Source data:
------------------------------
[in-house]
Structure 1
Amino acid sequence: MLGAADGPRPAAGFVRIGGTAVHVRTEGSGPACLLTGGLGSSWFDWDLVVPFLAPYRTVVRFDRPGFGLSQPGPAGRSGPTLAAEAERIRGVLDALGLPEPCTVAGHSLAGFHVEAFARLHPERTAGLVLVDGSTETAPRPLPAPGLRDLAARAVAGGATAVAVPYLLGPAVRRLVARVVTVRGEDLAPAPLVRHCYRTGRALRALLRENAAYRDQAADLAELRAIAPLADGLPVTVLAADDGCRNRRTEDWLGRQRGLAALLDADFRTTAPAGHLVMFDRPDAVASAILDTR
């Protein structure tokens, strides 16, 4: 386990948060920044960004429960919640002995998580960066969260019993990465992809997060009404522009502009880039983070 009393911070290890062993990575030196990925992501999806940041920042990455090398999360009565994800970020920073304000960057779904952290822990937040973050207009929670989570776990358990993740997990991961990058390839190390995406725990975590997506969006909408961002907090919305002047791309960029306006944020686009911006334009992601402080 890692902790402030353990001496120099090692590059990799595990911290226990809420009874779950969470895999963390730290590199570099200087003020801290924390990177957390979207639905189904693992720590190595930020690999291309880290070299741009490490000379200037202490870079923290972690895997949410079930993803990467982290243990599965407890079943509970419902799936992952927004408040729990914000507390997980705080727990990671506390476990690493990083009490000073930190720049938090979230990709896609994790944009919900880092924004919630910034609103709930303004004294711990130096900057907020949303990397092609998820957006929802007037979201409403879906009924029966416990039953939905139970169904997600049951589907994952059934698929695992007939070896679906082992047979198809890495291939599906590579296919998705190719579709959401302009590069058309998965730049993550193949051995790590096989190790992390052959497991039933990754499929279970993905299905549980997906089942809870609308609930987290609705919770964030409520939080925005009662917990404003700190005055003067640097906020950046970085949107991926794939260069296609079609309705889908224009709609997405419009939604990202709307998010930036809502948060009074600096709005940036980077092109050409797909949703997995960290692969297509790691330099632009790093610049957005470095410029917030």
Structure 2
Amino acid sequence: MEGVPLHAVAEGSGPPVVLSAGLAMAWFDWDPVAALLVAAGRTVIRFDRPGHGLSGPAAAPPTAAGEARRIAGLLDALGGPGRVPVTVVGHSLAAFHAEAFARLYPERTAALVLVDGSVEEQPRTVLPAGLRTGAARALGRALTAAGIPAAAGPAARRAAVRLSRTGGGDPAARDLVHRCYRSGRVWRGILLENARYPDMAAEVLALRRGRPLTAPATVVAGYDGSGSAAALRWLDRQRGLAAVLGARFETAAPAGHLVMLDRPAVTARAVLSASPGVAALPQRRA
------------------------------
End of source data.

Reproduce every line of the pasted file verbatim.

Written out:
[in-house]
Structure 1
Amino acid sequence: MLGAADGPRPAAGFVRIGGTAVHVRTEGSGPACLLTGGLGSSWFDWDLVVPFLAPYRTVVRFDRPGFGLSQPGPAGRSGPTLAAEAERIRGVLDALGLPEPCTVAGHSLAGFHVEAFARLHPERTAGLVLVDGSTETAPRPLPAPGLRDLAARAVAGGATAVAVPYLLGPAVRRLVARVVTVRGEDLAPAPLVRHCYRTGRALRALLRENAAYRDQAADLAELRAIAPLADGLPVTVLAADDGCRNRRTEDWLGRQRGLAALLDADFRTTAPAGHLVMFDRPDAVASAILDTR
């Protein structure tokens, strides 16, 4: 386990948060920044960004429960919640002995998580960066969260019993990465992809997060009404522009502009880039983070 009393911070290890062993990575030196990925992501999806940041920042990455090398999360009565994800970020920073304000960057779904952290822990937040973050207009929670989570776990358990993740997990991961990058390839190390995406725990975590997506969006909408961002907090919305002047791309960029306006944020686009911006334009992601402080 890692902790402030353990001496120099090692590059990799595990911290226990809420009874779950969470895999963390730290590199570099200087003020801290924390990177957390979207639905189904693992720590190595930020690999291309880290070299741009490490000379200037202490870079923290972690895997949410079930993803990467982290243990599965407890079943509970419902799936992952927004408040729990914000507390997980705080727990990671506390476990690493990083009490000073930190720049938090979230990709896609994790944009919900880092924004919630910034609103709930303004004294711990130096900057907020949303990397092609998820957006929802007037979201409403879906009924029966416990039953939905139970169904997600049951589907994952059934698929695992007939070896679906082992047979198809890495291939599906590579296919998705190719579709959401302009590069058309998965730049993550193949051995790590096989190790992390052959497991039933990754499929279970993905299905549980997906089942809870609308609930987290609705919770964030409520939080925005009662917990404003700190005055003067640097906020950046970085949107991926794939260069296609079609309705889908224009709609997405419009939604990202709307998010930036809502948060009074600096709005940036980077092109050409797909949703997995960290692969297509790691330099632009790093610049957005470095410029917030």
Structure 2
Amino acid sequence: MEGVPLHAVAEGSGPPVVLSAGLAMAWFDWDPVAALLVAAGRTVIRFDRPGHGLSGPAAAPPTAAGEARRIAGLLDALGGPGRVPVTVVGHSLAAFHAEAFARLYPERTAALVLVDGSVEEQPRTVLPAGLRTGAARALGRALTAAGIPAAAGPAARRAAVRLSRTGGGDPAARDLVHRCYRSGRVWRGILLENARYPDMAAEVLALRRGRPLTAPATVVAGYDGSGSAAALRWLDRQRGLAAVLGARFETAAPAGHLVMLDRPAVTARAVLSASPGVAALPQRRA